The top five non-broadcast networks currently are USA Network, HGTV, TBS, Discovery, and History. (Please note: the FCC updates these stations every three years to account for changes in ratings. Beginning July 1, 2021 through July 1, 2024, the top five cable networks subject to audio description requirements will be TLC, HGTV, Hallmark, History, and TBS.)
In addition to these networks, many other stations and OTT platforms provide audio description on their programming voluntarily.
These standards are reviewed periodically and updated to reflect changes in viewing habits and community need. For example, in October 2020, the FCC OK’d an order expanding audio description requirements to an additional 40 designated market areas (DMAs) over the next four years. The new requirement, which began in January 2021, will phase in an additional 10 DMAs each year for four years.
In 2023, the FCC will determine whether to continue expanding audio description requirements to additional DMAs beyond the top 100.
The FCC mandates that most programs broadcast in English and Spanish be captioned. The commission’s 2014 update on captioning rules required that all new bilingual English and Spanish-language programming (and 75 percent of older, pre-1998 bilingual English and Spanish-language shows) be captioned as well as all on demand content.
Electronic Newsroom Technique (ENT)
Captioning for most live TV programming is created by specially trained captioners who listen to a program and “write” or speak what they hear. The captioners’ keystrokes and spoken words are translated by their computer into captions. The captions are transmitted to the broadcaster via modem or IP, and are incorporated into the TV signal. Realtime captioning is the most accurate way to caption live TV and must be used by the major national broadcast television networks and their affiliates in the top 25 markets as defined by Nielsen.
However, stations outside the top 25 markets may not be able to afford realtime captioning. As such, they are permitted to use Electronic Newsroom Technique (ENT), whereby captions are created from a newscast’s prewritten scripts. ENT captions require reporters and anchors to stay on script as only the scripted material will be displayed as captions.
As part of the FCC’s caption quality Report and Order, rules were put in place to ensure ENT captioning was as complete as possible. These rules include the scripting of in-studio produced programming and weather interstitials. Stations must also appoint an ENT coordinator responsible for ensuring compliance with the new rules.
Interested in Learing More About Captions and Accessibility?
Speak to one of our experts to find out how to make your content accessible to everyone.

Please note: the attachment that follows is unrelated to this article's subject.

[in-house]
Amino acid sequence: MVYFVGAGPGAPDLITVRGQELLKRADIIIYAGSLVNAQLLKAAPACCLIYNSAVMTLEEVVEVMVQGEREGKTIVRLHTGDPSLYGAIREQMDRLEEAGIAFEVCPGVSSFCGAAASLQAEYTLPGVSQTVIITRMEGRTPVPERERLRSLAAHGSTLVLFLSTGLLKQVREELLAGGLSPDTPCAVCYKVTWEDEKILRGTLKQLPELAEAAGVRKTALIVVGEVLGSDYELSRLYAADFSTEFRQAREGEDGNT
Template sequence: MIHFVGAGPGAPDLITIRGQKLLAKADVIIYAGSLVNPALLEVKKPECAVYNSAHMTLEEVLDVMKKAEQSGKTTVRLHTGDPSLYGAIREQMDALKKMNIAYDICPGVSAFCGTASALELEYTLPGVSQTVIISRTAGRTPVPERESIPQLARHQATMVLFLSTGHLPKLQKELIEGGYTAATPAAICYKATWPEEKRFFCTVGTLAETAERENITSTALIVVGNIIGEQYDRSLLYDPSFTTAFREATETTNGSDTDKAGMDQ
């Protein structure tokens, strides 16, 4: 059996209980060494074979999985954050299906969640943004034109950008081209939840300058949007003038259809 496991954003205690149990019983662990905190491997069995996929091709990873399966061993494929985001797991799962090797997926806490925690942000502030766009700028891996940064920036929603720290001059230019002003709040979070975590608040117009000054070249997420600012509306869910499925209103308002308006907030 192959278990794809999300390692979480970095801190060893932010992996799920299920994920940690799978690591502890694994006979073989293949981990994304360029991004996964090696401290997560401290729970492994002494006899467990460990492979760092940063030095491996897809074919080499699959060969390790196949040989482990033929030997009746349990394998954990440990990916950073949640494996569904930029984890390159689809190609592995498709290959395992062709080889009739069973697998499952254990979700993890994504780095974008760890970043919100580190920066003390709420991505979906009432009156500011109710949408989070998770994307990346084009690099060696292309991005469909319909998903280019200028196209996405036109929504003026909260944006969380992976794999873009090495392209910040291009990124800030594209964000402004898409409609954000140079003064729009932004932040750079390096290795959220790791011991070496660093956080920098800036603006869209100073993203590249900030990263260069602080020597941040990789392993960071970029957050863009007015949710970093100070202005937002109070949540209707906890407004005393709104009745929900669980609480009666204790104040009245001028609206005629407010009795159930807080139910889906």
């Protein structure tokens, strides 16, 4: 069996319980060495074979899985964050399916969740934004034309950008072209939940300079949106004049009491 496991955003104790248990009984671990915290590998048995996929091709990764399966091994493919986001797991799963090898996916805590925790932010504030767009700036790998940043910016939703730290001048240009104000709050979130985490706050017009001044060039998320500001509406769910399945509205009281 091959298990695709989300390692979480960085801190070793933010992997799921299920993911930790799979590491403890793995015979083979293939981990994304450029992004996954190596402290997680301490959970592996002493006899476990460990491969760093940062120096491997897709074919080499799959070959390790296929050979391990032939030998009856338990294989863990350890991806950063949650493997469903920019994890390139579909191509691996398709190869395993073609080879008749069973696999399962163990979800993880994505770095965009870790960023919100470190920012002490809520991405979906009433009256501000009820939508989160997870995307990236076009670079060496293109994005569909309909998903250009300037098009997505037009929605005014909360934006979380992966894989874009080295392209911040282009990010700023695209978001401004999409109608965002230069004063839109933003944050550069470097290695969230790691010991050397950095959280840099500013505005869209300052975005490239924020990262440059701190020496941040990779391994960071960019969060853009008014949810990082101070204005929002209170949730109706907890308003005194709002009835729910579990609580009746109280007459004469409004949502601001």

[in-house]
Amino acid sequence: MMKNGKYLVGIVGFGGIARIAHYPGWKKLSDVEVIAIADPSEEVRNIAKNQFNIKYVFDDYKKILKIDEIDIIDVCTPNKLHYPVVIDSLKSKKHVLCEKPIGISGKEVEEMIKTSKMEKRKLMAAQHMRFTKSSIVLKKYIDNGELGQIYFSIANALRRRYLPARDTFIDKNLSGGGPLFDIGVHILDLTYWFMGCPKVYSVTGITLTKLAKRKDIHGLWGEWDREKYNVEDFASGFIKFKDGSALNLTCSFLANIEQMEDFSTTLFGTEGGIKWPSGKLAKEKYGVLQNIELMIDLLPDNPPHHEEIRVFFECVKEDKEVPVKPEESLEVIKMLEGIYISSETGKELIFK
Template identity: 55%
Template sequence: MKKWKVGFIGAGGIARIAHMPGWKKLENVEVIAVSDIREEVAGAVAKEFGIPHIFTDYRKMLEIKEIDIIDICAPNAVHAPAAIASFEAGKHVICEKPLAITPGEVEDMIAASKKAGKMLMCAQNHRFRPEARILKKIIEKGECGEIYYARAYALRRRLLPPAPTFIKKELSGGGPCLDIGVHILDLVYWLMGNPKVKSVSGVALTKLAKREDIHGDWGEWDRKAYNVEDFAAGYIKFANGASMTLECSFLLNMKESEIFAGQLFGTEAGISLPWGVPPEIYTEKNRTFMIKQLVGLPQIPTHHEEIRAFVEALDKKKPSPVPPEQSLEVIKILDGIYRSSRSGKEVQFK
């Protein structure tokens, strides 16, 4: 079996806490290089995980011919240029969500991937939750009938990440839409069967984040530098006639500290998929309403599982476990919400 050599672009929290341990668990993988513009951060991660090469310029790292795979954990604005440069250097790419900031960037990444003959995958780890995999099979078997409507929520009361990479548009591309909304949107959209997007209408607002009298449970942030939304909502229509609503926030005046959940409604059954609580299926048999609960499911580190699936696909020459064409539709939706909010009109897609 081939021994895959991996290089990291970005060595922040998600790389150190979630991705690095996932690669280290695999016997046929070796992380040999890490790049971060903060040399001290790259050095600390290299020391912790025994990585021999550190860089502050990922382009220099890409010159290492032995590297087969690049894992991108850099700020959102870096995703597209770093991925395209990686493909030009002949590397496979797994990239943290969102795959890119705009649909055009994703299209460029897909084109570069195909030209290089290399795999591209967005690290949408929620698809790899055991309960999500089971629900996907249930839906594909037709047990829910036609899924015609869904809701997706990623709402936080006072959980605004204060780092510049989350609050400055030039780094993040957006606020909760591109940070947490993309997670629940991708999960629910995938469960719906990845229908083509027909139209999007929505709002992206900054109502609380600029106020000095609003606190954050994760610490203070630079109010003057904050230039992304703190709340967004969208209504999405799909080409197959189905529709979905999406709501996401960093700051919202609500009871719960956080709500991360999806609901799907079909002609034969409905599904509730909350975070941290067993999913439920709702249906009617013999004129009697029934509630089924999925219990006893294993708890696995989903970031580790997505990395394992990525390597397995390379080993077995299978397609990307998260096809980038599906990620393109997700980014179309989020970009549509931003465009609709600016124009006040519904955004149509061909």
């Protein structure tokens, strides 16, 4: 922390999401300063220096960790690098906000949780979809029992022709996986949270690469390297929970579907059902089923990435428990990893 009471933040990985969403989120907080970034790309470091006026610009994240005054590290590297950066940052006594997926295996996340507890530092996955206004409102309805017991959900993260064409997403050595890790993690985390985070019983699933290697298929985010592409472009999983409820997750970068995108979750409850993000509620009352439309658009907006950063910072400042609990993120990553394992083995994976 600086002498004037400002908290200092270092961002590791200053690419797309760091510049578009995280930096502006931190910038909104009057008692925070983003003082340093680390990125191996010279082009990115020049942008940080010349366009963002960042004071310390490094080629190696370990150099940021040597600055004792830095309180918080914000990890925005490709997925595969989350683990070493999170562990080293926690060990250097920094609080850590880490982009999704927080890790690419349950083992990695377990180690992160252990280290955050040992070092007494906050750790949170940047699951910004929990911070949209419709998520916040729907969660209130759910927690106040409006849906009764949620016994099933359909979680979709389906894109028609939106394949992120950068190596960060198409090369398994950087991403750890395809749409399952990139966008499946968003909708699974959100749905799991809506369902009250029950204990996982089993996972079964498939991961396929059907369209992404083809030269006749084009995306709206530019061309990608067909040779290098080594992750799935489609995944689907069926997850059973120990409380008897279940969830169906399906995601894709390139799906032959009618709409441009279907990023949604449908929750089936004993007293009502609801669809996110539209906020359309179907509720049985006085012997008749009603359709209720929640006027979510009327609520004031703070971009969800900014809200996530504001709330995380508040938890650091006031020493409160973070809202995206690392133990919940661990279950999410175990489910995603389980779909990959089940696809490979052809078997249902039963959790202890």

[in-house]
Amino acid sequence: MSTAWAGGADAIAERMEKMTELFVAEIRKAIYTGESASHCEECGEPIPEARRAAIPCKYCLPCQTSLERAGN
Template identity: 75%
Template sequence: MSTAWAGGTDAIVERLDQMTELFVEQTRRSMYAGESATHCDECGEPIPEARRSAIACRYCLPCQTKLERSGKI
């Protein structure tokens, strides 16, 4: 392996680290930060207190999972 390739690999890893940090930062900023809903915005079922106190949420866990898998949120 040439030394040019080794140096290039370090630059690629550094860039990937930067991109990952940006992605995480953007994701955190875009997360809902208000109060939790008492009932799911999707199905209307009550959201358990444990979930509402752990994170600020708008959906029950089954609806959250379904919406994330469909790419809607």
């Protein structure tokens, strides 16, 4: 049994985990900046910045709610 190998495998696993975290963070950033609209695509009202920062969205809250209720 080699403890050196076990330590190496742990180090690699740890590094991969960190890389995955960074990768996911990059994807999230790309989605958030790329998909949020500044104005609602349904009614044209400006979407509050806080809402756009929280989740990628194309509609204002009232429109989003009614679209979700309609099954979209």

Networks are required by law to caption almost all programming, and your cable provider is required to ensure those captions get to your television. All stations and cable companies are required to provide captioning contact information on their website and cable bill.
If you see a television program that has no captions, missing captions, delayed captions, or captions that generally are unreadable, it’s a good idea to write to your stations first and alert them of the issue.
If there is no response, you can file a complaint with the FCC.
The FCC complaint form will ask for your name, email address, and description of the problem. It also will ask for specific information, such as the name of the program you tried to watch, the date and time you tried to watch it, the network/channel you were watching, and a description of the captioning problem.
Filing a complaint about the quality of captions you see is a way to alert your stations or the FCC of a problem that all parties (the commission, broadcaster, network, and captioning provider) can work through to find a solution. It also enables the FCC to collect data on specific errors or issues in relation to caption quality and accuracy and, if they see a continued trend or unusual number of complaints on a certain topic or from a certain broadcast market, spur officials to conduct closer investigations.
Once a complaint is submitted, the FCC will evaluate the concerns and contact you if more details are needed. They then will reach out to the programmer, TV station, or caption vendor with the complaint. The investigation process can take one to two months.
Accessible, readable captions aren’t a privilege – they’re a right. And one of the ways to bring about change in the quality of captions you see on air is to let your voice be heard.